History PhD student, Alexandra Medzibrodszky joins delegation to D.C.
A delegation from CEU traveled to Washington, D.C. last week to raise awareness among lawmakers and the public of the amendments to the Hungarian Higher Education Act and the grievous consequences for CEU, a world-class American-Hungarian institution. The delegation included Éva Fodor, Pro-Rector for the Social Sciences and Humanities, PhD History Student Alexandra Medzibrodszky and MA in Public Policy student, Daniel Berg. The main aim of our visit was to emphasize the urgency and the gravity of the situation regarding CEU and to urge U.S. officials to engage with the Hungarian government on the issue. We highlighted that the university administration will soon have to decide about the future of the institution, and it is the last chance for urgent statements and actions. We expressed our deep gratitude for the support we have received so far, but we have also conveyed the message that we need help more than ever.
The delegation also talked about the personal impact of the new legislation – how hard it is to focus on research and teaching when the future of our university in Budapest is under threat. We pointed out that the life of the CEU community has been severely disrupted since the end of March, and none of us could live the life of a regular professor, student or staff member in the past weeks. As students, we should be sitting in the CEU Library and writing our theses or dissertations – not spending most of our time with demonstrations and interviews.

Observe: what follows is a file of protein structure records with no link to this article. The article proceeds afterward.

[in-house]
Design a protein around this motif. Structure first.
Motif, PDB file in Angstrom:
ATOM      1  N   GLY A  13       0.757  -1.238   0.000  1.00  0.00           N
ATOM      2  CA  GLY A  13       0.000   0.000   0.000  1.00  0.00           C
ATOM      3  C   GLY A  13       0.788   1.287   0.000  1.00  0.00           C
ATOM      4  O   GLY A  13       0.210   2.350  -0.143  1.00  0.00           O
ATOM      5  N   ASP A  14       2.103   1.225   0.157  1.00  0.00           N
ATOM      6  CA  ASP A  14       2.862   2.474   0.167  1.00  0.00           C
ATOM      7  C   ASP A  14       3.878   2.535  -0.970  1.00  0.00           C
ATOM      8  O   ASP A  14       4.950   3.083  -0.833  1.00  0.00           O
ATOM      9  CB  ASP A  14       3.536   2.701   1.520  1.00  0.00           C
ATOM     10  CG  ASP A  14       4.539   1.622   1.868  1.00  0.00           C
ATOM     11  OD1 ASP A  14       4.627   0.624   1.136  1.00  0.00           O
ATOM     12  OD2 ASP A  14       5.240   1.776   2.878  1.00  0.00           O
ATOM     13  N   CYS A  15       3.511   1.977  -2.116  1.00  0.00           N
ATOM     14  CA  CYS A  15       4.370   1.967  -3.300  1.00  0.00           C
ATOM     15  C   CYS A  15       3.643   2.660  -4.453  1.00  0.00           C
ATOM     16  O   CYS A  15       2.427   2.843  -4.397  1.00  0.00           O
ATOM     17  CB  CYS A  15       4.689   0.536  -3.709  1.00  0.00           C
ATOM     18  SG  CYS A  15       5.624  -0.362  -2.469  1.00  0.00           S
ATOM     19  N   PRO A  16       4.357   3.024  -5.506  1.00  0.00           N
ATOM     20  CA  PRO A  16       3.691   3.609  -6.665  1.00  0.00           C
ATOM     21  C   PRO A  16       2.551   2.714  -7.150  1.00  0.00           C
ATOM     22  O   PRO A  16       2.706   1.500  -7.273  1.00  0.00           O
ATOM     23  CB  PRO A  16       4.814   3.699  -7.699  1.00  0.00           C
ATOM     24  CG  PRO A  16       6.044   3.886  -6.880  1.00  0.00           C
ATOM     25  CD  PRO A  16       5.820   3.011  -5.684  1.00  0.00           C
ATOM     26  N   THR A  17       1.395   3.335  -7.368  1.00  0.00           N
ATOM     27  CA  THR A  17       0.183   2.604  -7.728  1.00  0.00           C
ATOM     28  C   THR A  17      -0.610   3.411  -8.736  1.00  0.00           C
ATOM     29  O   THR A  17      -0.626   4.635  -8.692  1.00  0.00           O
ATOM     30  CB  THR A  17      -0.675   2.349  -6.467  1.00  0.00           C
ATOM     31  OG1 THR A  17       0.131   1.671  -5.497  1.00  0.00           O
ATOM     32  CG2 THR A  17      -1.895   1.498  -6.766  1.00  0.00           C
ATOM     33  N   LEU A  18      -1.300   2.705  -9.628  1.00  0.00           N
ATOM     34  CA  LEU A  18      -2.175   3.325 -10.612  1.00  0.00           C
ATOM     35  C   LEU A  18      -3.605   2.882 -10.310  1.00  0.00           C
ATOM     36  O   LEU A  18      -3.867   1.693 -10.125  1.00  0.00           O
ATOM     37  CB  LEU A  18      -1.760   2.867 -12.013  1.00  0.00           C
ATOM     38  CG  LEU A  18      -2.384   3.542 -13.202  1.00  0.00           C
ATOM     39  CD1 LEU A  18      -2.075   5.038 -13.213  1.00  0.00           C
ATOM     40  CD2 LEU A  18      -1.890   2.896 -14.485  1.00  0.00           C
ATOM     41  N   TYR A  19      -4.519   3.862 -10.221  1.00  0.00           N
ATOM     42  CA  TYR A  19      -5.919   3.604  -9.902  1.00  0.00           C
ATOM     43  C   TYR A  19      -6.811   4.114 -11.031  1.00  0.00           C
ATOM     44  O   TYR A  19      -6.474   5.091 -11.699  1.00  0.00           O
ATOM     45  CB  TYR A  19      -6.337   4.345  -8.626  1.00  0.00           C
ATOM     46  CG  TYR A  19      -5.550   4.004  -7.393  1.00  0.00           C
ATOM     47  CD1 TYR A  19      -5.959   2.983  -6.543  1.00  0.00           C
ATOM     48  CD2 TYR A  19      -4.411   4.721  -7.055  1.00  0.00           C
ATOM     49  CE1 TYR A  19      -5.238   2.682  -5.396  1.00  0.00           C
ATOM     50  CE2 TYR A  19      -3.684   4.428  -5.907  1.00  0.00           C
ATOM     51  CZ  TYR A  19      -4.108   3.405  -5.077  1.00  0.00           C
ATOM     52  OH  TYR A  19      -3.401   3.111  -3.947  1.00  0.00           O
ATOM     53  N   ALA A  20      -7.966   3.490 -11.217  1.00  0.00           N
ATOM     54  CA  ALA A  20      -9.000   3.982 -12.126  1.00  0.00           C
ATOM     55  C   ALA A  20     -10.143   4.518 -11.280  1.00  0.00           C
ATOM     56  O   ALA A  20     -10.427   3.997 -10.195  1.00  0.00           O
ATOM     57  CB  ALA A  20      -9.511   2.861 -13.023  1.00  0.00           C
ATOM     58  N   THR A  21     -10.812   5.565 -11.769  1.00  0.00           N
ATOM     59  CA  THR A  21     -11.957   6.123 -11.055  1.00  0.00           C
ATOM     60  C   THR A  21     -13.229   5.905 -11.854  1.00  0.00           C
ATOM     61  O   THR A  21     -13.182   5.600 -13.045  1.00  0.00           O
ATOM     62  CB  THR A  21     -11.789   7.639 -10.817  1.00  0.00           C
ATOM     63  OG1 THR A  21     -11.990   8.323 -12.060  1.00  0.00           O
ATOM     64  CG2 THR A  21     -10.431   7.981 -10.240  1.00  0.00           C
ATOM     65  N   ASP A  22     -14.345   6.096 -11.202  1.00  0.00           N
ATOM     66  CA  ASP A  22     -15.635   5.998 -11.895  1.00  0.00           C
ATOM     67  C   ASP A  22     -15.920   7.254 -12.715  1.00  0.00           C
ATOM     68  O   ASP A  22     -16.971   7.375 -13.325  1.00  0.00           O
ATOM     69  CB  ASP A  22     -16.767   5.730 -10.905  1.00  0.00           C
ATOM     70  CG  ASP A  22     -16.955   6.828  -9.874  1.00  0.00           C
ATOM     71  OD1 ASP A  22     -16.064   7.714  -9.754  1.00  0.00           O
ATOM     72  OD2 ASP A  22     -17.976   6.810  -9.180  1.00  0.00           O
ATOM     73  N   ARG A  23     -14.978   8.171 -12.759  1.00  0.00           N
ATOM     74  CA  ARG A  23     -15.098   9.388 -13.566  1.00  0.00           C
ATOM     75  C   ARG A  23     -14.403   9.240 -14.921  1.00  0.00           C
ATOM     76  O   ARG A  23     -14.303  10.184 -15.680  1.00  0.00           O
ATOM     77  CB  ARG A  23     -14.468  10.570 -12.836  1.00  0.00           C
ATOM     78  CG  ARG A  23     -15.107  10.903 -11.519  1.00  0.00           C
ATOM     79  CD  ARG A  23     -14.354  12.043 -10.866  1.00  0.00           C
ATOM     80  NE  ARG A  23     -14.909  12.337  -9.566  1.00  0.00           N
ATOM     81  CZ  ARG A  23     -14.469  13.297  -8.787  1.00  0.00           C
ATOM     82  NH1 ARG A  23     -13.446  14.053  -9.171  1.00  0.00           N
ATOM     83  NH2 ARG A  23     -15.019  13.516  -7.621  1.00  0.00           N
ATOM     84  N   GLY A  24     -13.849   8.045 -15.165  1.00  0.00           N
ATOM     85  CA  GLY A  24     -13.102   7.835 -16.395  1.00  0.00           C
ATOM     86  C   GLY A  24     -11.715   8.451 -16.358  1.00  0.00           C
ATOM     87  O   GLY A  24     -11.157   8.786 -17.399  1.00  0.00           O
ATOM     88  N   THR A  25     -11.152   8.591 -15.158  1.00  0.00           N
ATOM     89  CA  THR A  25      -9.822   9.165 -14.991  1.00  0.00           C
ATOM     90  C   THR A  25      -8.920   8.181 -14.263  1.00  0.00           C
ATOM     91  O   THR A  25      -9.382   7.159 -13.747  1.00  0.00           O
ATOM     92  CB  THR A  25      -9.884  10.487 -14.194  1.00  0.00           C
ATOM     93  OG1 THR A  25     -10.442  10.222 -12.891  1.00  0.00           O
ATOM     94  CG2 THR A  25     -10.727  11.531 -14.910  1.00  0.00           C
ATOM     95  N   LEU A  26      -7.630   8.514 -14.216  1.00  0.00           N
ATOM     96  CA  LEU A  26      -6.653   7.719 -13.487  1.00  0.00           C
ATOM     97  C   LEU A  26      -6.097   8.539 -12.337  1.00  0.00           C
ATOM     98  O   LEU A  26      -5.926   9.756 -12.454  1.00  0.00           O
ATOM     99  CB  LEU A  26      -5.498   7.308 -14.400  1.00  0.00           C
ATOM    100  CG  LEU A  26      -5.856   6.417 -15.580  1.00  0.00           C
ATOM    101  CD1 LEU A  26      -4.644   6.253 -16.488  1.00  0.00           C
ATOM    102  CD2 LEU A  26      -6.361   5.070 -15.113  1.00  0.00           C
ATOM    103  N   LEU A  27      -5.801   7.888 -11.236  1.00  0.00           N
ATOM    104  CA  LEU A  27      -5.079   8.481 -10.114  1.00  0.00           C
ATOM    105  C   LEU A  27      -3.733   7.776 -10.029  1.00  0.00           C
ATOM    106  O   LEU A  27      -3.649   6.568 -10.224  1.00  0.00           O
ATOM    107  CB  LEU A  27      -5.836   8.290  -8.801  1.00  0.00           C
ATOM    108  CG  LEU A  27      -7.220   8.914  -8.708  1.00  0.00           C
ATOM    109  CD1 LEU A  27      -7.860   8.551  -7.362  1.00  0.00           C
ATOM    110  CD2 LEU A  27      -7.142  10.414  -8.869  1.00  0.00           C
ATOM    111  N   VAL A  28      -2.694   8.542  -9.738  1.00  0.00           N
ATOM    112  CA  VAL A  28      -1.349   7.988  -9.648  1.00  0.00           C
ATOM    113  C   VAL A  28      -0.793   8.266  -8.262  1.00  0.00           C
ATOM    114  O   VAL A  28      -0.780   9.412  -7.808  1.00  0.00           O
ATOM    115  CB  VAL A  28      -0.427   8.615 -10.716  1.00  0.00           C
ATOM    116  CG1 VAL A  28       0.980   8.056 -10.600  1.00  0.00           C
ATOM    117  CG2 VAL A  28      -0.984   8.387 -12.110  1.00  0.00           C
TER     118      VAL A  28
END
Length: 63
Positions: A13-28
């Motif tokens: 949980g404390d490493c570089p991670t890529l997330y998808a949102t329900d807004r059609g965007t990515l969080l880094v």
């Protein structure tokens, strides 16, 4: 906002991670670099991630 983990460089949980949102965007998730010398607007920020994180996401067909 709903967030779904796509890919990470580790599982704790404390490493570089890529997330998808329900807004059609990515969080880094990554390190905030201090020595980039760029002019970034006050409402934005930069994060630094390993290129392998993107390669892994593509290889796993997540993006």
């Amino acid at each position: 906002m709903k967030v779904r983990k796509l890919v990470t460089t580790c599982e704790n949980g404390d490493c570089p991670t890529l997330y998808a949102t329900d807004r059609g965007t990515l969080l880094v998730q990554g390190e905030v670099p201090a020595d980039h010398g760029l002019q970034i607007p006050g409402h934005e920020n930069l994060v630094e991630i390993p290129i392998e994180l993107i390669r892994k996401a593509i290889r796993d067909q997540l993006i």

The delegation highlighted that the amendments to the Higher Education Act are discriminative towards American institutions and harm American values and interests. If CEU is forced out of Hungary, a member of the European Union, it will have global repercussions for other overseas American universities operating in a similar structure around the world, and they will become more vulnerable to repression. Lawmakers and officials welcomed our efforts to raise awareness of the situation and expressed concern. There was a general consensus that academic freedom is a universal, non-partisan issue, and an attack on an overseas American institution calls for bipartisan action. We also participated in a public event at George Washington University about the future of academic freedom. Our discussion about the threat to academic freedom in Hungary and the fate of American institutions abroad was followed by questions from the audience.
One of the highlights of the visit was a meeting with House Democratic Leader Nancy Pelosi and Representative Marcy Kaptur, co-chair of the Congressional Hungarian Caucus. We discussed the current situation and future prospects. Representative Kaptur issued a strong statement at the end of April about the new Hungarian legislation impacting the university and civil society: “Hungary at its best stands for learning and a deep concern about culture, hard work, and a stubborn commitment to independence for all. The proposed legislation would weaken voluntary associations, higher education, and a free press, and are not in this tradition.” The delegation expressed the hope that the issue will be solved via joint efforts soon. As we emphasized, we strongly believe it is in the best interest of Hungary for CEU to stay in Budapest, its home for the last 25 years. We are also determined, however, not to compromise on our academic freedom or our institutional integrity.